Ban on sale of puppies in L.A.

By Julie Castle

This week, the city of Los Angeles took another huge step toward becoming No-Kill Los Angeles (NKLA). Back in November, the city council passed an ordinance outlawing the sale of puppies, kittens and rabbits by pet stores unless those animals are sourced from 501(c)(3) rescue groups and shelters. This week, the grace period allowed in the law expired, and the ban is now in effect. Any store found to be in violation may be fined up to $1,000 for the third violation. We’re glad to see there will be serious consequences for violating the ordinance.

This is important for a variety of reasons. The obvious one is that it cuts into the bottom line of the cruel puppy mill business. Less obvious is the fact that these animals will no longer be flooding the L.A. consumer market and will be replaced by shelter and recue pets who would otherwise likely die in an area shelter. It’s a win-win for the animals.

The journey to get here took some time, a lot of energy, and a fair amount of heartache, but boy has it been worth it! Under the leadership of our national manager of puppy mill initiatives, Elizabeth Oreck, Best Friends began demonstrating outside pet stores across Los Angeles in December of 2007. The campaign was simple. On the one hand, we sought to educate consumers to help them understand just exactly where that cute puppy in the window came from. On the other, we worked with the stores to transition to a humane model pet store that helped them to become part of the solution.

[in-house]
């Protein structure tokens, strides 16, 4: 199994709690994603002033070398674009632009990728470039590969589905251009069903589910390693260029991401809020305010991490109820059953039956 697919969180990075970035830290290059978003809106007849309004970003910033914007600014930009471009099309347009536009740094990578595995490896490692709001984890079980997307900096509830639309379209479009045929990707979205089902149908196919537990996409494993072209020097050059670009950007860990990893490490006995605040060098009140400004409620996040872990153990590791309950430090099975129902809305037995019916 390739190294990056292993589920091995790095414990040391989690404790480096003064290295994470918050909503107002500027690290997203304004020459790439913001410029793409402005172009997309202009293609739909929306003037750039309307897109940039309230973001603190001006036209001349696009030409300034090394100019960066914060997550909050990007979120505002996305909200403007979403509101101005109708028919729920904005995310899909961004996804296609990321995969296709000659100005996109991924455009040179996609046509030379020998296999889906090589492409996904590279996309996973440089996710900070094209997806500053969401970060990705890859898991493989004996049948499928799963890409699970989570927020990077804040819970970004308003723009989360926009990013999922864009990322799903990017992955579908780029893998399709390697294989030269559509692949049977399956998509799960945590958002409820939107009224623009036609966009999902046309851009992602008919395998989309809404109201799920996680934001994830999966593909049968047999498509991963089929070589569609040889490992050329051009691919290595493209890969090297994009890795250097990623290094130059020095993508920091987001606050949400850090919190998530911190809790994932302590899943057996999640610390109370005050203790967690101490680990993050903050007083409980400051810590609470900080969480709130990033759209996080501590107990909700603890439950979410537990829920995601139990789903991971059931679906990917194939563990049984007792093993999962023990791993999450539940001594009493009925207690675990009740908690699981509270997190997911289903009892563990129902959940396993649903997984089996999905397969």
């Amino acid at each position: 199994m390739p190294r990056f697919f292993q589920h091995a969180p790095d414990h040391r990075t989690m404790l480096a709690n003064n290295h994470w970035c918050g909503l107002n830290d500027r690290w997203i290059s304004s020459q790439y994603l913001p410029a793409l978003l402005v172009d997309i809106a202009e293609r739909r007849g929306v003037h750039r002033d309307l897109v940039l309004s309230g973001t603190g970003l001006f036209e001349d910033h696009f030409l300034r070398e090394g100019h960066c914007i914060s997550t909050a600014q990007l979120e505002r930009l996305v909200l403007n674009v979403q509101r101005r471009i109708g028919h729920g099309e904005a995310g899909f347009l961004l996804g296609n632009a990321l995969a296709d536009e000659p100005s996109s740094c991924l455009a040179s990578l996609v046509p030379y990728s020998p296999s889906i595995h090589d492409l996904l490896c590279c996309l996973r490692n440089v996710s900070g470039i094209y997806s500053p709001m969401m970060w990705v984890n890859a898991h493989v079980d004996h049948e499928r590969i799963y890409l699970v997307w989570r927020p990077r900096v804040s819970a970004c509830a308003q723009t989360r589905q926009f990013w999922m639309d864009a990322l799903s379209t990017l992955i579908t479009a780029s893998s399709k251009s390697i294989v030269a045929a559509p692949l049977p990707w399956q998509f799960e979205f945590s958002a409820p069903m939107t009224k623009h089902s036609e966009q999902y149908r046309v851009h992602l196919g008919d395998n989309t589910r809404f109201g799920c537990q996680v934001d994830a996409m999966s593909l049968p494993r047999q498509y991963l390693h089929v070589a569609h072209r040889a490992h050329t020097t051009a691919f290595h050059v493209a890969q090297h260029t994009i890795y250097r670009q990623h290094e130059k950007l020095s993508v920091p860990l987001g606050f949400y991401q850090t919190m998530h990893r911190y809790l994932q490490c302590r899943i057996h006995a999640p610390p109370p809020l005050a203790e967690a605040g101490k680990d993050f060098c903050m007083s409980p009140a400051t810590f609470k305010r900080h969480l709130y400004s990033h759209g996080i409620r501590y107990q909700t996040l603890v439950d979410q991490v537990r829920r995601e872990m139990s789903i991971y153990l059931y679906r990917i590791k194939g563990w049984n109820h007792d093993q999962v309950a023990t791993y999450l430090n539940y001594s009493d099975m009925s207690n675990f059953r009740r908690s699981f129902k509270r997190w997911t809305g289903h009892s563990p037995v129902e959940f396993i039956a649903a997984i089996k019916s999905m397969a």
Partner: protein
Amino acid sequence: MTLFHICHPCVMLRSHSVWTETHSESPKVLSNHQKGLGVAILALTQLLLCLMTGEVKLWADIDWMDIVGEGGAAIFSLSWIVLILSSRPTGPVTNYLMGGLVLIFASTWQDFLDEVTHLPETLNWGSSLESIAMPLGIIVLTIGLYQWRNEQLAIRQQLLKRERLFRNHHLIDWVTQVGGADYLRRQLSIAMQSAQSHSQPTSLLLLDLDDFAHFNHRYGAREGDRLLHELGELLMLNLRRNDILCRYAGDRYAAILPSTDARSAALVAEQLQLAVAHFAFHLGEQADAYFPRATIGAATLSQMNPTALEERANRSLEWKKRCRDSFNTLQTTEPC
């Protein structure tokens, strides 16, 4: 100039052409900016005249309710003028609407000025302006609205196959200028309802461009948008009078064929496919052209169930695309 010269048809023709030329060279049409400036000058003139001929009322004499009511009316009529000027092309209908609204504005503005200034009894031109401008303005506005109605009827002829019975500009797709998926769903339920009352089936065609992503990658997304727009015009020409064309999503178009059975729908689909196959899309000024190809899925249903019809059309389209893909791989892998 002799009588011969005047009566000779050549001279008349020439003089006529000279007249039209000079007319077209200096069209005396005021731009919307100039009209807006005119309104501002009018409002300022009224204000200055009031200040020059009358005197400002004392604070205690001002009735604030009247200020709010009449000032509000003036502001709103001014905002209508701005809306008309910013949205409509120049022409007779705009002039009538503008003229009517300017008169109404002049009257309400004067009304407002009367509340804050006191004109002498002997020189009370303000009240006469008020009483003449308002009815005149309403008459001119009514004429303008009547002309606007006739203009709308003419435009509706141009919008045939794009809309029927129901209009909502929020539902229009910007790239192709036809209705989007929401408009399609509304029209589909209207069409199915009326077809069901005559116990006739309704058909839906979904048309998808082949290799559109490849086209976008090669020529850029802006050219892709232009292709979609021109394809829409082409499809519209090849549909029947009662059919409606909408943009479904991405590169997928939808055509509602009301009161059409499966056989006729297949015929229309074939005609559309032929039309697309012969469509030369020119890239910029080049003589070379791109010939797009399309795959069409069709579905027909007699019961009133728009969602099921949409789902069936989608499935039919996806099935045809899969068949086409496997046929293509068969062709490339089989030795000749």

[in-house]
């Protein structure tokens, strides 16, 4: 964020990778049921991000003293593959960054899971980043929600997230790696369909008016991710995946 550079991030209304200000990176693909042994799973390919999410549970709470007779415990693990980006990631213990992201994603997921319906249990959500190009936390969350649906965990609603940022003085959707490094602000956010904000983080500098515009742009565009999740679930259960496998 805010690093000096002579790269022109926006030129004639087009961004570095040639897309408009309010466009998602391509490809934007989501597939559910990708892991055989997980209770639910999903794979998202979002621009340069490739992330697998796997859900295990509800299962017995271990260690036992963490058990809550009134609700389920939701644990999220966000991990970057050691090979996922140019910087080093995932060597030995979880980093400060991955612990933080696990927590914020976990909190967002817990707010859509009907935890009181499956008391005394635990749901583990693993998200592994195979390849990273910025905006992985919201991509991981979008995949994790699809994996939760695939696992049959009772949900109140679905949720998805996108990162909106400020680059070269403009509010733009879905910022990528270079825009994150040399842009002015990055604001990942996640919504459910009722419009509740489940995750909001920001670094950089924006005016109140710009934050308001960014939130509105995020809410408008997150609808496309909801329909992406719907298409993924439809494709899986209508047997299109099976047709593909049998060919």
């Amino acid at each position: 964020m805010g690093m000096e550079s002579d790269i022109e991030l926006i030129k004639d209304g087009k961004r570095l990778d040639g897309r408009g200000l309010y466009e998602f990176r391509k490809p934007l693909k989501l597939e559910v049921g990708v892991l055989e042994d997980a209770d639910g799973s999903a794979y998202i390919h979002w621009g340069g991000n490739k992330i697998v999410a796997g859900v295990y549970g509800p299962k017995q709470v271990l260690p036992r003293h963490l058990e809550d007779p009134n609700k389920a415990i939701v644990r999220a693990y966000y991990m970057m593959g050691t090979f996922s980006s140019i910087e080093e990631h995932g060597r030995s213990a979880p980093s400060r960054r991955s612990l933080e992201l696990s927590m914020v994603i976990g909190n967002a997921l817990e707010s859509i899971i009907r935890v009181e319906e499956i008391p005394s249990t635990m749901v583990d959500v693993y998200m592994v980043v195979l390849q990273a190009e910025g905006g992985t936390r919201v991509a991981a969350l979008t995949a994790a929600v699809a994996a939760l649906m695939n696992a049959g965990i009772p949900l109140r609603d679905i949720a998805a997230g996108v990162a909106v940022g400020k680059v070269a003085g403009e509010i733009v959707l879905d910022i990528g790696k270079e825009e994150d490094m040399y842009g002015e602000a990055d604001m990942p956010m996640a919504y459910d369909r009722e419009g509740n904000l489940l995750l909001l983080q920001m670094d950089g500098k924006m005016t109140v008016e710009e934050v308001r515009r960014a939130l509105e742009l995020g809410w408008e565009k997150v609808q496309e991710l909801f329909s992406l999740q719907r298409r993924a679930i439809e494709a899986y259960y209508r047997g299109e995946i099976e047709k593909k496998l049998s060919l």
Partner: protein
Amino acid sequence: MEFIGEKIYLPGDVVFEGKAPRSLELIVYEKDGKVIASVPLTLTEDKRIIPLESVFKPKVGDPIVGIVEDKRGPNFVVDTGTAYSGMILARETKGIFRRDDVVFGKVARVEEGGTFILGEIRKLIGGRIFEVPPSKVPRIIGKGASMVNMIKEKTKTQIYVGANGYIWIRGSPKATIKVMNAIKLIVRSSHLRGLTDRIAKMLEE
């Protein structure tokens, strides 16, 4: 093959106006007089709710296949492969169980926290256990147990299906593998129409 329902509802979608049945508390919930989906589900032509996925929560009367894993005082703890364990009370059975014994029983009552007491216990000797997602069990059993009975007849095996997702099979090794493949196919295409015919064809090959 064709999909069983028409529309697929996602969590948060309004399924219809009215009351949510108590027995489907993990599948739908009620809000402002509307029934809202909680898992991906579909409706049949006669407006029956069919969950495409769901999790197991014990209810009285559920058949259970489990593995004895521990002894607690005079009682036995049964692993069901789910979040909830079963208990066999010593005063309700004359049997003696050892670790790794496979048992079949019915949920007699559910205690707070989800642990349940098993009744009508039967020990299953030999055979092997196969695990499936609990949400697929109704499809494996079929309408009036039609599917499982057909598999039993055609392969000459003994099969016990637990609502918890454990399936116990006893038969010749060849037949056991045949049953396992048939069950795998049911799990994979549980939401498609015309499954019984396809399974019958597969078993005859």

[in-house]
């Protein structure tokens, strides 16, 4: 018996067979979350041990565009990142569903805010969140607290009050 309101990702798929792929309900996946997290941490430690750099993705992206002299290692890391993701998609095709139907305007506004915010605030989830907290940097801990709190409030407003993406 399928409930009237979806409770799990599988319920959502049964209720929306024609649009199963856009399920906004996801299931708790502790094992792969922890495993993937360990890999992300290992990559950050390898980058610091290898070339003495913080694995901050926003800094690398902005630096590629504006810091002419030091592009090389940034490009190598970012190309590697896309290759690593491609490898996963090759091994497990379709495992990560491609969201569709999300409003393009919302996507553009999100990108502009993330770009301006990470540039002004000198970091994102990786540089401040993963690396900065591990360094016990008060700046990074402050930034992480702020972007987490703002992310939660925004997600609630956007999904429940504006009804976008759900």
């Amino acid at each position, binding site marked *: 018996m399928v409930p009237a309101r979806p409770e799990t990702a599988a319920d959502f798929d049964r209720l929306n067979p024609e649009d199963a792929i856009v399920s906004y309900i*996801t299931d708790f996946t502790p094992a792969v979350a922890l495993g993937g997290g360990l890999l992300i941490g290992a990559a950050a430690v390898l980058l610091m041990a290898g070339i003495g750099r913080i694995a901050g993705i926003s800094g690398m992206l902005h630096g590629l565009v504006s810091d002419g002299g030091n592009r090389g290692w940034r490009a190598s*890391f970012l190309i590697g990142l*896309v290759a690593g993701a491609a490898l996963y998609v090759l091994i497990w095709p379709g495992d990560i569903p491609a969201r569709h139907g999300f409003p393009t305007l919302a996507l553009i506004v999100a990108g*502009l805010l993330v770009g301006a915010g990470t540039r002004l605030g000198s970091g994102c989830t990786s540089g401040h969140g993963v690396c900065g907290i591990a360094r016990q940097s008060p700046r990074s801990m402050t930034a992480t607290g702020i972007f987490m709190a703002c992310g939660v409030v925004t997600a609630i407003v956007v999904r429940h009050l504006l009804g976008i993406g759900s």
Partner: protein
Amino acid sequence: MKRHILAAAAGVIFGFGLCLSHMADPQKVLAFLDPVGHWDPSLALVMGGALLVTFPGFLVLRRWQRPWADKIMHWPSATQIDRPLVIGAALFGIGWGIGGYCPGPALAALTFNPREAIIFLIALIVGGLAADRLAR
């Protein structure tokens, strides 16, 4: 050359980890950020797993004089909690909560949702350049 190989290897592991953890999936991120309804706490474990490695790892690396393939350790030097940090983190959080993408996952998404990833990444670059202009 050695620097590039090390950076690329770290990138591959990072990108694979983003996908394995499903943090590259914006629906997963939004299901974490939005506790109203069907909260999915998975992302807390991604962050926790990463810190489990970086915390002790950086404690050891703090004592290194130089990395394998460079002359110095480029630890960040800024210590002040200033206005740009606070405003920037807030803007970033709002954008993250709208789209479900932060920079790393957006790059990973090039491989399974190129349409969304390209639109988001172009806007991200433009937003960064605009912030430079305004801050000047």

From the get-go, the campaign was a success. Tens of thousands of Angelinos had their eyes opened to the horrors of puppy mills. Some stores saw the greener grass and converted to a humane model. It was great to see the victories pile up, but this wasn’t enough to stop the puppy mill multi-million dollar industry. We needed more action on a greater level more quickly. And, as we first reported to you last year, Los Angeles was looking to follow the lead of other municipalities by totally outlawing the sale of pets from mills.

City councilman Paul Koretz introduced the first motion in June of 2011, with Best Friends’ Elizabeth Oreck working closely with the council on the language. It was strongly supported across the board, even gaining support from the editorial board of the L.A. Times. More than 30 cities and towns now have this kind of law on the books, but Los Angeles is by far the largest.

It’s a heavy message to the mills across the country that this kind of profiting from cruelty will no longer be tolerated in today’s society. We’re thrilled to see the momentum this issue has, even without any support from industry giants, such as the American Kennel Club (AKC). We’ll fight this fight without them through America’s democratic process. We are confident that when an educated American public is presented with a choice, they will do the right thing.

Together, we can Save Them All.



Julie Castle


Best Friends Animal Society